This study used finite element simulation to investigate the load transfer mechanisms within the screw/vertebra complex under different interface conditions, and under varying screw lengths. Both bonded and contact conditions were employed to demonstrate the interface between the screw and vertebra. Loadings were applied at the superior surface of the vertebra and screw unthreaded end, respectively, to represent two modes of flexion loads. The results indicated that the screw within the vertebra underwent a series of discontinuities of loading, identified by the localized high contact pressures, thus creating localized bending moments. The peak stress of screw was located at the junction of the screw's hub and thread, which is consistent with the location of screw failure observed in a clinical setting and the values of peak stress in the screw were proportional to the amount of moments generated by the two loading modes. The interface condition plays an important role in transferring the force within the screw/vertebra complex. A contact interface condition induces significantly higher stress in the screw than the bonded condition. Therefore providing a binding surface (with HA, or porosity coating on the screw surface) between the screw and the vertebra might be the most effective way to prevent screw failure. The influences of screw length on the peak stress in the screw become negligible when the screw is of sufficient length to extend fully into the vertebral body.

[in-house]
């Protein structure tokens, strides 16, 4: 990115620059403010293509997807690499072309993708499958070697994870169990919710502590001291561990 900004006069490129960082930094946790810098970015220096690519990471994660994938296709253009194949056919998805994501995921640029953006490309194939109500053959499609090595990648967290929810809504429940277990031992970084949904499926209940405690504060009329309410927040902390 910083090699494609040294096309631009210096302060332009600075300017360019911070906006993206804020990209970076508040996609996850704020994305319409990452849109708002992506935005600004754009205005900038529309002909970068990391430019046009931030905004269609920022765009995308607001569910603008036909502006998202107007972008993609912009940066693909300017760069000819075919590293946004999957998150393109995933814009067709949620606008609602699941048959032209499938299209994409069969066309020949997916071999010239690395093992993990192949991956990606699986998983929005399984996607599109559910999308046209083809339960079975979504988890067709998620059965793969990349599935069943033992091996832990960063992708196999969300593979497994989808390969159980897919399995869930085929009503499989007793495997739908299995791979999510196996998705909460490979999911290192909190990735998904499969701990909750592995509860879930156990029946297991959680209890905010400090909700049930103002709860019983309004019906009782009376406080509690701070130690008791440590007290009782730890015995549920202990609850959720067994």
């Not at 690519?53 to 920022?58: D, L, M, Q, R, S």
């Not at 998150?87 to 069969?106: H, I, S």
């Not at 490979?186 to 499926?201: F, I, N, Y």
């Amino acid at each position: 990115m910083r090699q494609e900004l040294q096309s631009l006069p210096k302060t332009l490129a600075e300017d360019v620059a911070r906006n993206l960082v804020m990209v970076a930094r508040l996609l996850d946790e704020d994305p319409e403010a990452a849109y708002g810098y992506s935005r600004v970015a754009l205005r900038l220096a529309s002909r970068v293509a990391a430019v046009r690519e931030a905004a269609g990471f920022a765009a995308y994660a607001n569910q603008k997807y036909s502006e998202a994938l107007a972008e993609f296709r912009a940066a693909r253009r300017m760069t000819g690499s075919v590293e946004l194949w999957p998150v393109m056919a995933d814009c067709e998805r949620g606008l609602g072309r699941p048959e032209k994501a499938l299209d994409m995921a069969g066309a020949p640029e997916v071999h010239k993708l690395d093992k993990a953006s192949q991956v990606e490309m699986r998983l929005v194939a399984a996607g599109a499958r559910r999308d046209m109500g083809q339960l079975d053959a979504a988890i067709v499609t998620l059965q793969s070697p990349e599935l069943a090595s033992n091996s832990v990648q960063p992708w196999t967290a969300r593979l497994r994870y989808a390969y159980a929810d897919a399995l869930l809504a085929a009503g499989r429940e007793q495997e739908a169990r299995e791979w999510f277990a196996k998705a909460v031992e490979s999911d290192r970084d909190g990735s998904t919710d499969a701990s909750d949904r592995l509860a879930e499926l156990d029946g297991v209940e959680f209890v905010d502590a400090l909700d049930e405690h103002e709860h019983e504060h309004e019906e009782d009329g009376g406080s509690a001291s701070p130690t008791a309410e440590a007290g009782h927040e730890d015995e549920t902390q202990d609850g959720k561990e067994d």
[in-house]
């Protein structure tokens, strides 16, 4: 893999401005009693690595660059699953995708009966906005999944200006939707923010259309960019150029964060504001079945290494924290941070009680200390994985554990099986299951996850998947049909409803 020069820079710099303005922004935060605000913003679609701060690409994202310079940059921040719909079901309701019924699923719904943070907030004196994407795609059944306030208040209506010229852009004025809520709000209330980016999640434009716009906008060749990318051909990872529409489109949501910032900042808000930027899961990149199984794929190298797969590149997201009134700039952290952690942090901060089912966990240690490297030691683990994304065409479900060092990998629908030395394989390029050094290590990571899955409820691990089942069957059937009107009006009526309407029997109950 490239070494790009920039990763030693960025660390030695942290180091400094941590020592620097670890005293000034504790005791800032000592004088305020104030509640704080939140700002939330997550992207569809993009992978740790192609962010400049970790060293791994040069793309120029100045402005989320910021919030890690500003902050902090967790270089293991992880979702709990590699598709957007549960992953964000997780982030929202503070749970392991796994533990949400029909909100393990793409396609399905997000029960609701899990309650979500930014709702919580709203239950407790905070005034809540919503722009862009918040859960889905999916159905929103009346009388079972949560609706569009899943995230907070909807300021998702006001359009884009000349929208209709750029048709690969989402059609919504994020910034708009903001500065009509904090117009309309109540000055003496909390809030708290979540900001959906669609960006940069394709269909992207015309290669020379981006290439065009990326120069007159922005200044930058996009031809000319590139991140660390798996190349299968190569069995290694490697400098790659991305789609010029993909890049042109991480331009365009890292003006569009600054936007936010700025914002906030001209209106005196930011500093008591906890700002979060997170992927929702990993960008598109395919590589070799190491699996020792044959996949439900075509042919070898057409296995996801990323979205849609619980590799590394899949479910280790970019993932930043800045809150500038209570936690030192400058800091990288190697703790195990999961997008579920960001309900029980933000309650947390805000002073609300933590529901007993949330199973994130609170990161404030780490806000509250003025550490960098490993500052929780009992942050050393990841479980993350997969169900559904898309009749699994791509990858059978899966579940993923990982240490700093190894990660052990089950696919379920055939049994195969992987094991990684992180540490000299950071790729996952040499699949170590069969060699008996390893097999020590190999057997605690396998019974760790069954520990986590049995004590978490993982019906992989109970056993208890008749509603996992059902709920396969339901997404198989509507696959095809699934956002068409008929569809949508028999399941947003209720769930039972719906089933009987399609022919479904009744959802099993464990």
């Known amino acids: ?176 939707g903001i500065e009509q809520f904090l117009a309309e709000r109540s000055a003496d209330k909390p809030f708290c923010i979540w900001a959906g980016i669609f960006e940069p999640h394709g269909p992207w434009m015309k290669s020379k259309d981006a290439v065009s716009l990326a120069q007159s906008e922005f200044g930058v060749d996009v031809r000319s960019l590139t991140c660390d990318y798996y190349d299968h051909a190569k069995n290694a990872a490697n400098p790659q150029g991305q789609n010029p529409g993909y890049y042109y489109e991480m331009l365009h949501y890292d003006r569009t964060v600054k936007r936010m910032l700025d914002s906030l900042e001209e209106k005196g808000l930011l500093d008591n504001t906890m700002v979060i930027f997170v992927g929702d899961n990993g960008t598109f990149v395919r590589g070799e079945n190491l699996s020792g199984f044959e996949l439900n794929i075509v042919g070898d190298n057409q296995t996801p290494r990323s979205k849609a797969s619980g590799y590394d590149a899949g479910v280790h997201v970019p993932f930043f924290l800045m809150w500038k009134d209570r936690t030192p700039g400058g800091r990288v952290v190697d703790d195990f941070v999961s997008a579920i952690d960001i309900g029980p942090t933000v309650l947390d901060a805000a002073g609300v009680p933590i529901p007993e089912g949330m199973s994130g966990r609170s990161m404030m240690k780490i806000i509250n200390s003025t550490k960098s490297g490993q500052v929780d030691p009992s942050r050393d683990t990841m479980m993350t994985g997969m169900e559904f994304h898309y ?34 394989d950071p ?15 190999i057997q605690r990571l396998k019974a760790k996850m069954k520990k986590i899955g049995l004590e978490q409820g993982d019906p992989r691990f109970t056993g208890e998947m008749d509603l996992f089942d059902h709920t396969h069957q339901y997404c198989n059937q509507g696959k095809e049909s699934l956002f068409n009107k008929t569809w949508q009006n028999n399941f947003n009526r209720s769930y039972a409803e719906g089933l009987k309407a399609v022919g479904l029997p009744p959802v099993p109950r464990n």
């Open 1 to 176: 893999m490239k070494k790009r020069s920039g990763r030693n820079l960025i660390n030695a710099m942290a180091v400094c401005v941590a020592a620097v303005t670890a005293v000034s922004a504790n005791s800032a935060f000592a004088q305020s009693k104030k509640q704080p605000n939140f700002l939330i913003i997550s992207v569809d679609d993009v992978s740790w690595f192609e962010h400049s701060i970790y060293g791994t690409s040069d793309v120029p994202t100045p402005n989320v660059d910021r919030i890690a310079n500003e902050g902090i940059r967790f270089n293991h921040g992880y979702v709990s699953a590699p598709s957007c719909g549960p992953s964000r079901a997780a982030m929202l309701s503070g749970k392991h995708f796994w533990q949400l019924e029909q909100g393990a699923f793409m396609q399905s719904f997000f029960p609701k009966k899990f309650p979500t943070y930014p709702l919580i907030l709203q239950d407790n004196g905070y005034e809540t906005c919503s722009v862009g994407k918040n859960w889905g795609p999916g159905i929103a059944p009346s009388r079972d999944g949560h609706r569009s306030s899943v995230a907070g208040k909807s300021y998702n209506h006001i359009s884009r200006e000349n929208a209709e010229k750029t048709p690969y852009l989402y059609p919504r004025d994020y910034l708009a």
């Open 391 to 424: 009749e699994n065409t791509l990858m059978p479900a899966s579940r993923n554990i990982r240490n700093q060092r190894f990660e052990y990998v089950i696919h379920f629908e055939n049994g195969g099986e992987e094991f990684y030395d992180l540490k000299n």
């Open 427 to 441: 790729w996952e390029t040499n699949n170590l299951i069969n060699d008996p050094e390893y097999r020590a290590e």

All Science Journal Classification (ASJC) codes
- Biomedical Engineering